ICD-10 comorbidities

    loadNamespace("knitr") # for opts_chunk only
  collapse = TRUE,
  comment = "#>"


The icd package for R includes ICD-10-CM definitions, sample ICD-10-CM data, and very fast comorbidity calculations from ICD-10 diagnostic and procedure codes (and ICD-9, or other schemes) to the standard comorbidities defined in the literature following Charlson [@charlson_new_1987], Quan, Deyo [@quan_coding_2005], Elixhauser [@elixhauser_comorbidity_1998], pediatric complex chronic conditions [@Feudtner_Pediatriccomplexchronic_2014] and the US AHRQ [@AgencyforHealthcareResearchandQuality_Elixhausercomorbiditysoftware_2018]. There are also 2018 ICD-10-CM procedure codes, and a mapping to categorize these. The sample data are from the US Transuranium and Uranium Registries where deidentified diagnoses are given for a few hundred pathology cases relating to uranium exposure.

The sample data is in the 'long' format, i.e., multiple rows per case.

uranium_pathology[1:10, ]

Pick a code, and see what it means.


icd can work with 'long' or 'wide' format data without modification. If the source database is not normalized, i.e., has multiple diagnostic code columns, icd can detect and efficiently work on all the columns at once.


Now map these diagnoses to disease groups as defined by Quan et al:

quan_comorbidities <- comorbid(uranium_pathology, icd10_map_quan_elix)
# see the first few rows and columns:
quan_comorbidities[1:6, c(1, 3:10)]

Tidy results

The 'tidyverse' is oriented around tidy data. icd by default returns matrices for comorbidity calculations, since all the data is logical, and this is most efficient for memory and subsequent manipulation. However, setting return_df = TRUE in calls to any of the comorbidity functions will return a 'tidy' data frame with an 'id' column and a column for each of the comorbdities.

comorbid_charlson(uranium_pathology, return_df = TRUE)[1:5, 1:5]

Working with big data

icd is carefully optimized to give accurate results as quickly as possible, and shines with huge data sets. For users working with millions of rows of data and higher orders of magnitude, some options can improve throughput.

In this example, we also return 'binary' numeric flags instead of a matrix of logical values. For very large data sets, matrices are faster both for icd and subsequent manipulation and analysis. Here we also show that we can request the 'id' field is return in the order the data was presented. Note that setting restore_id_order to FALSE does not sort: it simply returns the data as soon as it was calculated, and since parallel threads complete at different times, it is quicker, although not deterministic. Again, this is really for huge data sets, where the additional sorting and re-ordering may be very time consuming. Most users will not need to worry about this.

# shuffle the rows:
u <- uranium_pathology[sample(seq_len(nrow(uranium_pathology))), ]
quan_comorbidities <- comorbid(u,
                               return_df = TRUE,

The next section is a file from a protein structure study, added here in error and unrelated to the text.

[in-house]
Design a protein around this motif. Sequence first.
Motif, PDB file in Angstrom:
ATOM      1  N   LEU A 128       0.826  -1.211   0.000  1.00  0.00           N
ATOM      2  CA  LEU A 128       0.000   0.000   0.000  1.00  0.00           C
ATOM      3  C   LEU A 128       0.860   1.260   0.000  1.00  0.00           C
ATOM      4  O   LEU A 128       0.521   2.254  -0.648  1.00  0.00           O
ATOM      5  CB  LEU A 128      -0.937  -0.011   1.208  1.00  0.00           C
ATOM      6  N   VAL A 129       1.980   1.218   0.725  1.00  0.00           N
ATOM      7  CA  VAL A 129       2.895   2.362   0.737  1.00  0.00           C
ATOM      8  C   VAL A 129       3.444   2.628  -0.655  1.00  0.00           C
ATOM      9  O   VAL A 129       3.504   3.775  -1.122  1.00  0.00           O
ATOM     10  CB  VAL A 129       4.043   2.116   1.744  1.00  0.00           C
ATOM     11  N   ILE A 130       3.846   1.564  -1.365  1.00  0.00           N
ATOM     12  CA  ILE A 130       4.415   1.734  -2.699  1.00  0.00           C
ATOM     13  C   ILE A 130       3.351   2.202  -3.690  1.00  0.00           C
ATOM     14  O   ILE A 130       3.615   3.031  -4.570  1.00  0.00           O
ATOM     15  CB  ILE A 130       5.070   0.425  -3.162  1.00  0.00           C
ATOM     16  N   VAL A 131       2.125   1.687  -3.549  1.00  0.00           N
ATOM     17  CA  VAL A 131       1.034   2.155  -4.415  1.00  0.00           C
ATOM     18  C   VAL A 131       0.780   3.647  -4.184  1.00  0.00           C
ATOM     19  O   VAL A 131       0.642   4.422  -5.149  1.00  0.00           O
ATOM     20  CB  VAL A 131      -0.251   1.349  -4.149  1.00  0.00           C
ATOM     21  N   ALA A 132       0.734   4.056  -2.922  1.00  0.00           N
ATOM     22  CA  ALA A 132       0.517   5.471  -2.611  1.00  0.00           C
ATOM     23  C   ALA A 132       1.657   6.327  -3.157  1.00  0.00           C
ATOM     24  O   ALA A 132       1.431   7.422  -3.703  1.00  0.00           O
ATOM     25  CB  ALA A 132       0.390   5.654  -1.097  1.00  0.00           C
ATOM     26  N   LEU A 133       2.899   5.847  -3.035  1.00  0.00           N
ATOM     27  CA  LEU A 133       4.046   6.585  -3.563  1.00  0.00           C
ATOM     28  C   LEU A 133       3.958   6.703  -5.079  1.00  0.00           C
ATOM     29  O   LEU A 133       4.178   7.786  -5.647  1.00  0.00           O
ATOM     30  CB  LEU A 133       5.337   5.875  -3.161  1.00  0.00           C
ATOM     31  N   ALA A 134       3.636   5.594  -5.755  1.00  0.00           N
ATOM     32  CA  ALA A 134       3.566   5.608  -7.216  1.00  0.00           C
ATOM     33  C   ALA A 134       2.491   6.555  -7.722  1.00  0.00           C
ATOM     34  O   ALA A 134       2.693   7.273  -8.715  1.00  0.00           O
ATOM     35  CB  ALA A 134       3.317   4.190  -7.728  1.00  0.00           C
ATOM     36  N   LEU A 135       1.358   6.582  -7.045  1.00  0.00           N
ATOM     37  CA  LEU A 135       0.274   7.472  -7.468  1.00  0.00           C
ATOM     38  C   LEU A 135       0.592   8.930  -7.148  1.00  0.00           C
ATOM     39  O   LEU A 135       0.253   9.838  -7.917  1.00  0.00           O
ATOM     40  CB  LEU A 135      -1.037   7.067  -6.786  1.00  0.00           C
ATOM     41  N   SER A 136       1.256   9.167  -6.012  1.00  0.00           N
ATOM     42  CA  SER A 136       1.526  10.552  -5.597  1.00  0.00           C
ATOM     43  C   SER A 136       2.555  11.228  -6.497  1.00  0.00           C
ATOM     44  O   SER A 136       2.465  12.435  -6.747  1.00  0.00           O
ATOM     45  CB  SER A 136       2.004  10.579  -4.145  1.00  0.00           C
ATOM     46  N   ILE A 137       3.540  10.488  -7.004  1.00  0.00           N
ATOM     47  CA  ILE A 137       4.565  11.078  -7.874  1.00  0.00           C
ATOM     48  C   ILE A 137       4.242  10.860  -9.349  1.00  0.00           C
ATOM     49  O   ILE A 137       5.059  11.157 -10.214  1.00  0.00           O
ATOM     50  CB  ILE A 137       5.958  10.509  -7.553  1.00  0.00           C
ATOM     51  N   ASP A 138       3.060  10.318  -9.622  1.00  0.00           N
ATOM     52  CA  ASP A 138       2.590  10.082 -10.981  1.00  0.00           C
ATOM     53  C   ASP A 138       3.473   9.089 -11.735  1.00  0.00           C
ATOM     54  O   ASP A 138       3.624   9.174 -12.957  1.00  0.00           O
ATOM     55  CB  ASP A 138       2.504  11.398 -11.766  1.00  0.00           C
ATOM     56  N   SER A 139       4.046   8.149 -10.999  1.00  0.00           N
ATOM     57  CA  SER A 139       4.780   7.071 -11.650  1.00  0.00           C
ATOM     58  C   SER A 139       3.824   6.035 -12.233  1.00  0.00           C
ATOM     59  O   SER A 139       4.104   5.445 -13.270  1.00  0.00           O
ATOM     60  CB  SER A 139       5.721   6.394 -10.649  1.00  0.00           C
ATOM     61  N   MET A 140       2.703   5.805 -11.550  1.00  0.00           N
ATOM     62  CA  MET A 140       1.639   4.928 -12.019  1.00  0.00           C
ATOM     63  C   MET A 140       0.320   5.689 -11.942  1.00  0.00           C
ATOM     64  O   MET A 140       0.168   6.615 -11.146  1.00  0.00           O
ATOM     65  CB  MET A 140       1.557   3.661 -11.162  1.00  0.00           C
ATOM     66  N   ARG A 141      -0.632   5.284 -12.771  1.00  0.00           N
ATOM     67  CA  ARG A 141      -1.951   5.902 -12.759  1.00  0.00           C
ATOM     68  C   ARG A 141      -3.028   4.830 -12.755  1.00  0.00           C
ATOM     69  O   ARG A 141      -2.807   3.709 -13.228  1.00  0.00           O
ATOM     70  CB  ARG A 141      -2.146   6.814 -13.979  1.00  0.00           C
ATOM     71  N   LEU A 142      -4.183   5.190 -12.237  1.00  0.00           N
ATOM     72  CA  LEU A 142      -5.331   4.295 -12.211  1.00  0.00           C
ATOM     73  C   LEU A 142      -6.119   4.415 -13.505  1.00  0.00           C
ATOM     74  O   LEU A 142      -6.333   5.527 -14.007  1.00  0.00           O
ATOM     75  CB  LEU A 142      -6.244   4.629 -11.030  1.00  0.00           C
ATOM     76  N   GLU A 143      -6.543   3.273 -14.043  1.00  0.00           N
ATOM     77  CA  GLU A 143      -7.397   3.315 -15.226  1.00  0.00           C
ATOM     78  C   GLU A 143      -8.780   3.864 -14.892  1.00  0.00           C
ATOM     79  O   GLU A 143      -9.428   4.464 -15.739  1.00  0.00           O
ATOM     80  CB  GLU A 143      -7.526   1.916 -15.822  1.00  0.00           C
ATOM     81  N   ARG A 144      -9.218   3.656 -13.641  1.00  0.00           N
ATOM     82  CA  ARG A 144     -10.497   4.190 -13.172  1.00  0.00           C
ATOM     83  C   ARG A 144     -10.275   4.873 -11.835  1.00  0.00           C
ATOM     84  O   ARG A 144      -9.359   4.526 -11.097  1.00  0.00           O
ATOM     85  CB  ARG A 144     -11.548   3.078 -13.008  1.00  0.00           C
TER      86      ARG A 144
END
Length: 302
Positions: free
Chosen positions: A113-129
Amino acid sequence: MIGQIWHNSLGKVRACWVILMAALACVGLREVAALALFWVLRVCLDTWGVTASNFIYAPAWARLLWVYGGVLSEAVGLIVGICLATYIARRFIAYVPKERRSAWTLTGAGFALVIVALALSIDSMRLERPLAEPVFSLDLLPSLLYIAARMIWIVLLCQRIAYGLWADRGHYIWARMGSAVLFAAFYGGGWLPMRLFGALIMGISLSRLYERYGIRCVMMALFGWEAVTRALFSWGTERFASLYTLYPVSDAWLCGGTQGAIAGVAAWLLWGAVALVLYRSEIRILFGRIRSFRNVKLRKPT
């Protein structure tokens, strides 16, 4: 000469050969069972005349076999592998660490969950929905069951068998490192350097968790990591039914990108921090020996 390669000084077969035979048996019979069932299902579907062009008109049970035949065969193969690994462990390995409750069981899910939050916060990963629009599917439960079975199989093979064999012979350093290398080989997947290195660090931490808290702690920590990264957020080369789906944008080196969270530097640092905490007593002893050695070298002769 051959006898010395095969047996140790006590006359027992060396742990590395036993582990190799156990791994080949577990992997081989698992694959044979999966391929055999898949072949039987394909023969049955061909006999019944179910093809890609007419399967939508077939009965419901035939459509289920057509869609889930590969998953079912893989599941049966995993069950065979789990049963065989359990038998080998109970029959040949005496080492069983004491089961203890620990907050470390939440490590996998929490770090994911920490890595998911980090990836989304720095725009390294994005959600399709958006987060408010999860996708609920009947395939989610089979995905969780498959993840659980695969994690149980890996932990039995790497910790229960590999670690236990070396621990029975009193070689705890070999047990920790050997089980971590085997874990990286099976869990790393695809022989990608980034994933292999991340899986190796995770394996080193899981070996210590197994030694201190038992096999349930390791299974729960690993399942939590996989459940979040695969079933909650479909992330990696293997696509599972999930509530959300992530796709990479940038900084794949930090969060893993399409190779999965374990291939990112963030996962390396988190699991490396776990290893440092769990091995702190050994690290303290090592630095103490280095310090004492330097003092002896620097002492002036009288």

return_binary = TRUE,
                               restore_id_order = FALSE)
# see the first few rows and columns:
quan_comorbidities[1:6, c(1, 3:9)]

The ICD-10-CM mappings are recorded a bit differently from the ICD-9-CM mappings in this package. The ICD-9 mappings included all possible permutations of child codes. Since ICD-10 codes contain letters, and are seven characters long, this became impractical. Therefore, the current mappings include only codes for the most recent update of ICD-10-CM. The code which assigns comorbidities for ICD-10 therefore doesn't rely on all the possible codes being listed in the mappings, so it will (more slowly) search for each possible parent of the given code, up to the three digit 'major' (e.g. if Cholera was in the comorbidity mapping, then A0034212647 would eventually match A00)

# create trivial comorbidity map:
cholera_typhoid_map <- list(cholera = "A00", typhoid = "A01")
patients <- data.frame(patient = c("0001", "0001", "0002"),
                       code = c("A001234567", "A01", "A019"))
comorbid(patients , map = cholera_typhoid_map)

Here are the codes for hypertension with complications from Quan et al. Note that the vector has class icd10 and has the attribute icd_short_diag indicating there are no decimal point delimiters in the codes.


Procedure codes

The AHRQ publishes an annually updated categorization of ICD-10-CM procedure codes into four classes, representing diagnostic and therapeutic procedures, each being either minor or major.

n <- 10
nm <- "code"
pcs_sample <- sample(unname(unlist(icd10_map_ahrq_pcs)), n)
pts <- data.frame(id = sample(LETTERS, n),
                  pc = pcs_sample)
res <- icd10_comorbid(pts,
                      map = icd10_map_ahrq_pcs,
                      icd_name = "pc",
                      return_binary = TRUE)

For more information on working with ICD-10 codes, see the introduction vignette, and function examples. E.g.:



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icd documentation built on July 2, 2020, 4:07 a.m.